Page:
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By Ben Guerin
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Priti Patel warns ’hooligans’ who attacked police at Black Lives Matters protests ‘you will face justice’

Priti Patel criticised the 'mob' who tore down a statue in Bristol (Parliamentlive.TV)

3 min read

Home Secretary Priti Patel blasted the “hooliganism” and “thuggery” of those involved in the Black Lives Matter protests who injured police officers.

Speaking in the Commons after a weekend of overwhelmingly peaceful demonstrations across the country in response to the killing of George Floyd in Minneapolis, she claimed “police brutality in the United States is no excuse for the violence against our brave police officers at home”.

She hit out after it was revealed at least 35 officers were injured during unrest in London, and labelled those involved in the tearing down of a statue of slave trader Edward Colston in Bristol as a “mob”.

Ms Patel said she was “sickened at George Floyd’s tragic death”, and fully appreciates “the strength of feeling over his senseless killing, and the inequality that black people can sadly still face, and the deep-seated desire for change”.

But speaking about the confrontation between protesters and police she told MPs: “This hooliganism is utterly indefensible. There is no justification for it.

“There is no excuse for pelting flares at brave officers, throwing bikes at police horses, attempting to disrespect the cenotaph or vandalising the statue of Winston Churchill - one of the greatest protectors of our freedoms who has ever lived.

"It is not for mobs to tear down statues and cause criminal damage in our streets. And it is not acceptable for thugs to racially abuse black police officers for doing their jobs.

“The criminals responsible for these unlawful and reckless acts are betraying the very cause that they purport to serve.”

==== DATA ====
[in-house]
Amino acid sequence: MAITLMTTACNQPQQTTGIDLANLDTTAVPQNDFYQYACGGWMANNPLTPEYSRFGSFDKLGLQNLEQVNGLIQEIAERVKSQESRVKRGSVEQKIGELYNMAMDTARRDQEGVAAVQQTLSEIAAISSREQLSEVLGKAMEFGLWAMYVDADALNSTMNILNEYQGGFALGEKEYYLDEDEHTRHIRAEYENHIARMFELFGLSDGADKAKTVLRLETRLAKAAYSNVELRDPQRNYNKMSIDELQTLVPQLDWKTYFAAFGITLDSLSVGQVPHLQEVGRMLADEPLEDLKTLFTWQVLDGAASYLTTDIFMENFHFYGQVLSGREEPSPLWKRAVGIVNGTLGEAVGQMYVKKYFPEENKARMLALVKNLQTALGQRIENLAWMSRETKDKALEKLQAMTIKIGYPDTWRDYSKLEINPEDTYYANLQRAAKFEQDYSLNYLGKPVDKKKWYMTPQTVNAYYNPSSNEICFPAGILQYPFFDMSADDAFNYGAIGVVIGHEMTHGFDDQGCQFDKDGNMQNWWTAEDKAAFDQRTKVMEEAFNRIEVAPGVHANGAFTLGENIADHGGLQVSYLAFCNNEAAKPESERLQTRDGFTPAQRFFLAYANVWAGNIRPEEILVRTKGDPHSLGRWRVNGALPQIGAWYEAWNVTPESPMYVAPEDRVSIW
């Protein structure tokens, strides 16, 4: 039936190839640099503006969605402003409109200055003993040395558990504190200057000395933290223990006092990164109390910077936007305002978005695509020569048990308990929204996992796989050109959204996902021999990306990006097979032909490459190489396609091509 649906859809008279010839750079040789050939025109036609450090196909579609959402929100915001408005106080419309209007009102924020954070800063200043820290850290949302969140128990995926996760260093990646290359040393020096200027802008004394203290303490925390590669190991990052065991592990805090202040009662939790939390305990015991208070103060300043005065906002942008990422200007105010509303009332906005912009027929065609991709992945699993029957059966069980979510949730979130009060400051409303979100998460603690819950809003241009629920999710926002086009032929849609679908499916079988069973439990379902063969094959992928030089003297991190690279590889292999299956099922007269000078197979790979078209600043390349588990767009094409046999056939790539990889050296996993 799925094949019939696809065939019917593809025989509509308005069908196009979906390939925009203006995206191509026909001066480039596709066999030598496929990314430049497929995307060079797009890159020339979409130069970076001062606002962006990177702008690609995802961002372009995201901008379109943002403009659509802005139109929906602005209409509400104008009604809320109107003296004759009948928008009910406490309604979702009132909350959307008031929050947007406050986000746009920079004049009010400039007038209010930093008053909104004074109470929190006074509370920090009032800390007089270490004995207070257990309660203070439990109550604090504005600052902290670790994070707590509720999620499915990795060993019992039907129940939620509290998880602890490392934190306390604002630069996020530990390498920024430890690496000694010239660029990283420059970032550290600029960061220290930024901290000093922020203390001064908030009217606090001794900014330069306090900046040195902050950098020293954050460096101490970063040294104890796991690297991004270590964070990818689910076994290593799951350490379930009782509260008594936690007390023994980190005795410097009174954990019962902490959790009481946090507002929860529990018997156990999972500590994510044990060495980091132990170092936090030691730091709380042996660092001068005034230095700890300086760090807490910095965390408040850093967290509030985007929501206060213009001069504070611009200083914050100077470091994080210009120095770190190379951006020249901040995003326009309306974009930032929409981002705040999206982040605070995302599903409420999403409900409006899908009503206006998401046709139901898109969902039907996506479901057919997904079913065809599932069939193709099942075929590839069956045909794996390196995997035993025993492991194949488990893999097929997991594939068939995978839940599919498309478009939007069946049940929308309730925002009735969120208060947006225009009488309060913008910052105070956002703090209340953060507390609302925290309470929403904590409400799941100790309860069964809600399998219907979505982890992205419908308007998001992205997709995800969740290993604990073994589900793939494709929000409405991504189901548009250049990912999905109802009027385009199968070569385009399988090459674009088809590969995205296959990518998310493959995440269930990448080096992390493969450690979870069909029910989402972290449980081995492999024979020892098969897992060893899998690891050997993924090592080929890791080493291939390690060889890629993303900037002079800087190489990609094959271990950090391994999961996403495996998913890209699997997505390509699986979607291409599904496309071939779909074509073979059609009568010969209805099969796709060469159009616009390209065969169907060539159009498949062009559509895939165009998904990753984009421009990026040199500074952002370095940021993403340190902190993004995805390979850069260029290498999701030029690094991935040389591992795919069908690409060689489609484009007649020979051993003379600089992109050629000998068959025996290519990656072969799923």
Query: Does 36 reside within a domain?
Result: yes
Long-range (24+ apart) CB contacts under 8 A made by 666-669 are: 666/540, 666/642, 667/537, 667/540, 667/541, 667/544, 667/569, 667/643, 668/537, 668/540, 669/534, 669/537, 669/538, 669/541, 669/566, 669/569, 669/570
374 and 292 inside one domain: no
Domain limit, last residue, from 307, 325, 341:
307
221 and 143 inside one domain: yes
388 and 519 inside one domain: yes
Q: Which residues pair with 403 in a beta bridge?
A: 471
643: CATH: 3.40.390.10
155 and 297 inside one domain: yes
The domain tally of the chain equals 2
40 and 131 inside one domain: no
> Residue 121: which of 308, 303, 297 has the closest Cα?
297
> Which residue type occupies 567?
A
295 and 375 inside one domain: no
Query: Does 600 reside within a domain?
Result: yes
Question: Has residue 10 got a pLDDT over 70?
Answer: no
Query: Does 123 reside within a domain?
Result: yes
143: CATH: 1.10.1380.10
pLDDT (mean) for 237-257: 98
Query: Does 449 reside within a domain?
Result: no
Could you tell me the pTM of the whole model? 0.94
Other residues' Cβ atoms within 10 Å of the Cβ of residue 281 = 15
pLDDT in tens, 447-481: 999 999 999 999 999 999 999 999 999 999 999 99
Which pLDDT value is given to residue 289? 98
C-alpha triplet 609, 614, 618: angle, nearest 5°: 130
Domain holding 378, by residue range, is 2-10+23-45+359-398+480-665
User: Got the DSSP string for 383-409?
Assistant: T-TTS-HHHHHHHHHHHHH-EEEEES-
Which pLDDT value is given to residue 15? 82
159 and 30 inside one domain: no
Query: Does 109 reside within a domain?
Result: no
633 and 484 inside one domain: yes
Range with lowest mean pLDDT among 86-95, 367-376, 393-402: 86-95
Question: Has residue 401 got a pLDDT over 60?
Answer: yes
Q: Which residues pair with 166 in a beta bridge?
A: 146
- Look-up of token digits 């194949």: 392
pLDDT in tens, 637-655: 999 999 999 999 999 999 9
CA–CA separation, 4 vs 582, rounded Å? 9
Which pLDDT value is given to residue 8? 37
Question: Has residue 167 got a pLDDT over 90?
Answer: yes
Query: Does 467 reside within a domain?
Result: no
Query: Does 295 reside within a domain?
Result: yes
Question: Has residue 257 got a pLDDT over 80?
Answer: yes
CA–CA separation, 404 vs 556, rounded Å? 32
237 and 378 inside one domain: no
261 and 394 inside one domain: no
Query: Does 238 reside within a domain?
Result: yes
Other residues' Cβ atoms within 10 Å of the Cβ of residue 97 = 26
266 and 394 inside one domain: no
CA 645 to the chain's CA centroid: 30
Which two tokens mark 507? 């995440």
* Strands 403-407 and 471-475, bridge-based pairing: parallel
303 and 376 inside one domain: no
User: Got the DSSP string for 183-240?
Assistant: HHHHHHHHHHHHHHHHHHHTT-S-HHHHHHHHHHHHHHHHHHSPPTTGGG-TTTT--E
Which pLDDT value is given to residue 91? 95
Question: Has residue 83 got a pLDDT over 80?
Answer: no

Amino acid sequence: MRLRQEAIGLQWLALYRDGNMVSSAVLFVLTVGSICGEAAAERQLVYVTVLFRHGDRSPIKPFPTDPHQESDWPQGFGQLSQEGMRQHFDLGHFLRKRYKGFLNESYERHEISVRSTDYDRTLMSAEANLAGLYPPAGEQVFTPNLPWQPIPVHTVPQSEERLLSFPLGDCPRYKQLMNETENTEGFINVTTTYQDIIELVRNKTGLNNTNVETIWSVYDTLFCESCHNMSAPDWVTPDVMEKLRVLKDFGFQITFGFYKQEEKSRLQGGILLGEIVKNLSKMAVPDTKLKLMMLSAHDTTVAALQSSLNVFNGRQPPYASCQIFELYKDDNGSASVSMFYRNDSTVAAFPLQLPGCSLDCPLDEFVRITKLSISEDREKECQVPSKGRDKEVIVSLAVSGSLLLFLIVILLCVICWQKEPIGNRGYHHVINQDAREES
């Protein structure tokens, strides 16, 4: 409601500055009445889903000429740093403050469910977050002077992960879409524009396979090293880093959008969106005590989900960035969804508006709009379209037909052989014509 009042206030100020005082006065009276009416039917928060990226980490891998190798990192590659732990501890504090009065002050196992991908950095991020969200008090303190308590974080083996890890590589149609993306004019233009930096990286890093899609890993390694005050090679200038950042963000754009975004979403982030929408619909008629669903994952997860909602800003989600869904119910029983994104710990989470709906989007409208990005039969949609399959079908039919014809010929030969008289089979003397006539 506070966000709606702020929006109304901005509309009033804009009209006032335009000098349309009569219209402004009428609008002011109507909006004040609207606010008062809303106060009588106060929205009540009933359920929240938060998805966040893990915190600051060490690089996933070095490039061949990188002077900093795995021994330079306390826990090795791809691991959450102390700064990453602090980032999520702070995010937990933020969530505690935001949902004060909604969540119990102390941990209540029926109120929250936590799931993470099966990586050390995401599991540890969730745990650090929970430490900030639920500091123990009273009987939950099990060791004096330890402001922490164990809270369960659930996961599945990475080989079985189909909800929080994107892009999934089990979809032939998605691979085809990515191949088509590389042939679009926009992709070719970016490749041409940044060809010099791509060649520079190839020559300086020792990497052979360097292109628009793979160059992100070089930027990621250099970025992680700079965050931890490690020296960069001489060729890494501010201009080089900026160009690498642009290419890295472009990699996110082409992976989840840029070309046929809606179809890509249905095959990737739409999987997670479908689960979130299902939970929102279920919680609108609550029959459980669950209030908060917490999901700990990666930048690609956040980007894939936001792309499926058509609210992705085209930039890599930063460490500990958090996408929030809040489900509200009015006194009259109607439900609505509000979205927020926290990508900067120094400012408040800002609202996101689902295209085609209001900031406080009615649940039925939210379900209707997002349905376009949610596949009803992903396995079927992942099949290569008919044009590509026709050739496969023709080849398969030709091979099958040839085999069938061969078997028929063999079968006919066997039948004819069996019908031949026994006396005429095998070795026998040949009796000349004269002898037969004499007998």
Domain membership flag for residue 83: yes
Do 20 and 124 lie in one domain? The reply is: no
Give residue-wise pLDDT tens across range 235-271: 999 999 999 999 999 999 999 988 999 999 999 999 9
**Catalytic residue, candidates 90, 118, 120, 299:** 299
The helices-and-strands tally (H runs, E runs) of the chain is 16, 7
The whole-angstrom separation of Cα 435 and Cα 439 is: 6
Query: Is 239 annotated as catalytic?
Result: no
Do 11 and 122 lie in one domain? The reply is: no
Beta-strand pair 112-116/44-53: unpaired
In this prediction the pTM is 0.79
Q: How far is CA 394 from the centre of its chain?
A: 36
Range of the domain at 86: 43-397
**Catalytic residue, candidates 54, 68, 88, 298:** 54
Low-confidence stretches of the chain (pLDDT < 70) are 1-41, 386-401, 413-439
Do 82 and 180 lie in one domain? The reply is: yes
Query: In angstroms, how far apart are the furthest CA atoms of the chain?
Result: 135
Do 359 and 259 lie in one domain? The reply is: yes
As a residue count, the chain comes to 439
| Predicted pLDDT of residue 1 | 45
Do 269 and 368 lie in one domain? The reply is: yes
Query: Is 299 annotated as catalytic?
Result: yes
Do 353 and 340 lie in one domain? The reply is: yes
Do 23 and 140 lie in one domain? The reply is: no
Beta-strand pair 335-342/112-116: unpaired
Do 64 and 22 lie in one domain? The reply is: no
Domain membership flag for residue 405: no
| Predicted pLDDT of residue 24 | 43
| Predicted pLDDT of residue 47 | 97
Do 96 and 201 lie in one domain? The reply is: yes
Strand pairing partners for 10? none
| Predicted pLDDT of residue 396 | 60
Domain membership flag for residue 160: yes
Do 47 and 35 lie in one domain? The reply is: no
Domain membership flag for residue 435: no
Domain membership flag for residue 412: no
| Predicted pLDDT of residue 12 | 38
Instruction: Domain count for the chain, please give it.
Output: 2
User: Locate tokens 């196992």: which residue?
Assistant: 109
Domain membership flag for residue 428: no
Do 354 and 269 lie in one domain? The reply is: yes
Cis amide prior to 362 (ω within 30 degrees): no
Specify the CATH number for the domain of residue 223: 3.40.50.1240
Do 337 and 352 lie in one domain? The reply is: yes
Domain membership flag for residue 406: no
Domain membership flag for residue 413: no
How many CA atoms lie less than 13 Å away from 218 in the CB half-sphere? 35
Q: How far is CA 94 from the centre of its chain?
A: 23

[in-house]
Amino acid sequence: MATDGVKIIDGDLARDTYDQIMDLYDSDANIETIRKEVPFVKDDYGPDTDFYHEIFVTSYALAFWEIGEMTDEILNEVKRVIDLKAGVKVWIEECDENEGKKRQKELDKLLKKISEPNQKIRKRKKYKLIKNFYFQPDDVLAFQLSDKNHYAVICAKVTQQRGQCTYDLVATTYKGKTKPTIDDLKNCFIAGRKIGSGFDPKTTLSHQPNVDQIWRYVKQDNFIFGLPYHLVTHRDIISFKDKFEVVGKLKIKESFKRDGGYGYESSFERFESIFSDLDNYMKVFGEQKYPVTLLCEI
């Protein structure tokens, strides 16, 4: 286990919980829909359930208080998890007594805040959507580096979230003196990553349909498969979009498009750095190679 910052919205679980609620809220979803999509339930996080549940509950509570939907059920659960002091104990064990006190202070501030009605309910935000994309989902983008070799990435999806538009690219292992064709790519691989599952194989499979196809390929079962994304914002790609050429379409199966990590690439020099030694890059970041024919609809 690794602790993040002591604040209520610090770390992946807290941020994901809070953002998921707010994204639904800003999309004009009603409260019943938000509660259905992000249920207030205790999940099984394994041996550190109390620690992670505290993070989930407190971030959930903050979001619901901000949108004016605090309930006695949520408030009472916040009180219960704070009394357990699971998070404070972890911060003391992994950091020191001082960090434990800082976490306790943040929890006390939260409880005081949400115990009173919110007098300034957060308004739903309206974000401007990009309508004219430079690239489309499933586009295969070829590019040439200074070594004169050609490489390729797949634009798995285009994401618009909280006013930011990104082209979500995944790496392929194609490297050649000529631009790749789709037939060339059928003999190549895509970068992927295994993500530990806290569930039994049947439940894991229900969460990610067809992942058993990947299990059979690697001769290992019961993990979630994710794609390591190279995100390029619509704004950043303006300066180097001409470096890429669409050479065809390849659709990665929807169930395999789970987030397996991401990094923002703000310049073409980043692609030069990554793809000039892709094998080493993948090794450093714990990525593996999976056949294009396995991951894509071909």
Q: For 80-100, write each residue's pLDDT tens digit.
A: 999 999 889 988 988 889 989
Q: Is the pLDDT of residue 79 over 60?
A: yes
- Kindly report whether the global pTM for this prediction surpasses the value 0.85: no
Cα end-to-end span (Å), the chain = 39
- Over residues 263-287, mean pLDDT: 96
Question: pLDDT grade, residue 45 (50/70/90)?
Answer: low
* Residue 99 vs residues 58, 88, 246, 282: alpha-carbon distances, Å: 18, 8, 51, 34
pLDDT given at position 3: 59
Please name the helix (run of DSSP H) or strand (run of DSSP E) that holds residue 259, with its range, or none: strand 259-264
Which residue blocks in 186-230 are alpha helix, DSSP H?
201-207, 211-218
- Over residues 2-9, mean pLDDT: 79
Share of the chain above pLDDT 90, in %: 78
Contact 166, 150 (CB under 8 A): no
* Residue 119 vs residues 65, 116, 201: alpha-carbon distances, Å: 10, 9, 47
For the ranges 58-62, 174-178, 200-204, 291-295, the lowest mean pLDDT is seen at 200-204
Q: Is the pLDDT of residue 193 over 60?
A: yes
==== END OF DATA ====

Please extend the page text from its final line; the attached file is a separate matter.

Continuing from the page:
She added: “To the criminal minority who have subverted this cause with their thuggery, I simply say this: Your behaviour is shameful, and you will face justice.”

But the Government was urged by Labour MP Florence Eshalomi to do more to show that black lives matter and resolve the "structural inequality, discrimination and racism" in the UK.

She added: "My son turned three yesterday, I do not want to have to wait until he's a teenager before we see changes in this country - will this Government and the Home Secretary act now?”

In response Ms Patel said she was "really saddened" that she had "effectively said that this Government doesn't understand racial inequality".

"Well, on that basis, it must have been a very different Home Secretary who as a child was frequently called a Paki in the playground,” she replied.

“A very different Home Secretary who was racially abused in the streets or even advised to drop her surname and use her husband's in order to advance her career.

"A different Home Secretary recently characterised, if madam deputy speaker I can say so, in The Guardian newspaper as a fat cow with a ring through its nose - something that was not only racist but offensive, both culturally and religiously.

"This is hardly an example of respect, equality, tolerance or fairness.

"So, when it comes to racism, sexism, tolerance for social justice, I will not take lectures from the other side of the House.”

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